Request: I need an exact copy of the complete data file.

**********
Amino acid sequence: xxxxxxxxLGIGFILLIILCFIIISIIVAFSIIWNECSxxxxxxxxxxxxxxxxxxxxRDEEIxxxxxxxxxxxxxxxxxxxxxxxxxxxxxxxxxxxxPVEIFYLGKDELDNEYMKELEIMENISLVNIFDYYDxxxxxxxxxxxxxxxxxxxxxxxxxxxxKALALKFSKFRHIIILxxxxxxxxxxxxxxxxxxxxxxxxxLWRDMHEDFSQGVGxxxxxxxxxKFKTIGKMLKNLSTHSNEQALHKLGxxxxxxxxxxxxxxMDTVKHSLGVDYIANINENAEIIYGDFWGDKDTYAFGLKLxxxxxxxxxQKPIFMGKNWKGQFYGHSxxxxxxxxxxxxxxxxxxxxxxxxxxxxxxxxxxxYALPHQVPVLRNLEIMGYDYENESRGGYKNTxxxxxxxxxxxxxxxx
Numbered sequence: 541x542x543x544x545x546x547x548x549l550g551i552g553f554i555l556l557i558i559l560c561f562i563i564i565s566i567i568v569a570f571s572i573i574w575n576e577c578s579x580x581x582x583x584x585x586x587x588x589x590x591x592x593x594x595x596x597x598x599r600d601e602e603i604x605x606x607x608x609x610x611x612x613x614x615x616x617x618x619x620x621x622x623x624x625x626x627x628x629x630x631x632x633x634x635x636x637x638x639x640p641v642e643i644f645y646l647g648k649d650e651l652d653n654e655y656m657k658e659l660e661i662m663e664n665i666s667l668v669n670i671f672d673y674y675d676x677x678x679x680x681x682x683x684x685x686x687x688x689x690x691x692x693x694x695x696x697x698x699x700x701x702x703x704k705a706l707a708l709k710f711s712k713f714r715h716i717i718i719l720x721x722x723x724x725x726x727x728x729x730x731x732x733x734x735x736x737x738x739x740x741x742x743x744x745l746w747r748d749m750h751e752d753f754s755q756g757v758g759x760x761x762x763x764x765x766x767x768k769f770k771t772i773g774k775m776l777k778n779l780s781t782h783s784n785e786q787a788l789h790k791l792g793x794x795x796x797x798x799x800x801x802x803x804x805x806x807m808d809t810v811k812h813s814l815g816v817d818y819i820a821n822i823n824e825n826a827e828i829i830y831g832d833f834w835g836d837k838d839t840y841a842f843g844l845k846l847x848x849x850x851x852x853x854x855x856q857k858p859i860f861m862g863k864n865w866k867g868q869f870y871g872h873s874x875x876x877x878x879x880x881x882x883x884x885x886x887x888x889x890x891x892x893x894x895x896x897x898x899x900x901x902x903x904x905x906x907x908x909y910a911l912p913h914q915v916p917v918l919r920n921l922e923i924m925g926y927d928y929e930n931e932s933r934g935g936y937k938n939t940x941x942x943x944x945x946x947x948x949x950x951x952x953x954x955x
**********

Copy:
Amino acid sequence: xxxxxxxxLGIGFILLIILCFIIISIIVAFSIIWNECSxxxxxxxxxxxxxxxxxxxxRDEEIxxxxxxxxxxxxxxxxxxxxxxxxxxxxxxxxxxxxPVEIFYLGKDELDNEYMKELEIMENISLVNIFDYYDxxxxxxxxxxxxxxxxxxxxxxxxxxxxKALALKFSKFRHIIILxxxxxxxxxxxxxxxxxxxxxxxxxLWRDMHEDFSQGVGxxxxxxxxxKFKTIGKMLKNLSTHSNEQALHKLGxxxxxxxxxxxxxxMDTVKHSLGVDYIANINENAEIIYGDFWGDKDTYAFGLKLxxxxxxxxxQKPIFMGKNWKGQFYGHSxxxxxxxxxxxxxxxxxxxxxxxxxxxxxxxxxxxYALPHQVPVLRNLEIMGYDYENESRGGYKNTxxxxxxxxxxxxxxxx
Numbered sequence: 541x542x543x544x545x546x547x548x549l550g551i552g553f554i555l556l557i558i559l560c561f562i563i564i565s566i567i568v569a570f571s572i573i574w575n576e577c578s579x580x581x582x583x584x585x586x587x588x589x590x591x592x593x594x595x596x597x598x599r600d601e602e603i604x605x606x607x608x609x610x611x612x613x614x615x616x617x618x619x620x621x622x623x624x625x626x627x628x629x630x631x632x633x634x635x636x637x638x639x640p641v642e643i644f645y646l647g648k649d650e651l652d653n654e655y656m657k658e659l660e661i662m663e664n665i666s667l668v669n670i671f672d673y674y675d676x677x678x679x680x681x682x683x684x685x686x687x688x689x690x691x692x693x694x695x696x697x698x699x700x701x702x703x704k705a706l707a708l709k710f711s712k713f714r715h716i717i718i719l720x721x722x723x724x725x726x727x728x729x730x731x732x733x734x735x736x737x738x739x740x741x742x743x744x745l746w747r748d749m750h751e752d753f754s755q756g757v758g759x760x761x762x763x764x765x766x767x768k769f770k771t772i773g774k775m776l777k778n779l780s781t782h783s784n785e786q787a788l789h790k791l792g793x794x795x796x797x798x799x800x801x802x803x804x805x806x807m808d809t810v811k812h813s814l815g816v817d818y819i820a821n822i823n824e825n826a827e828i829i830y831g832d833f834w835g836d837k838d839t840y841a842f843g844l845k846l847x848x849x850x851x852x853x854x855x856q857k858p859i860f861m862g863k864n865w866k867g868q869f870y871g872h873s874x875x876x877x878x879x880x881x882x883x884x885x886x887x888x889x890x891x892x893x894x895x896x897x898x899x900x901x902x903x904x905x906x907x908x909y910a911l912p913h914q915v916p917v918l919r920n921l922e923i924m925g926y927d928y929e930n931e932s933r934g935g936y937k938n939t940x941x942x943x944x945x946x947x948x949x950x951x952x953x954x955x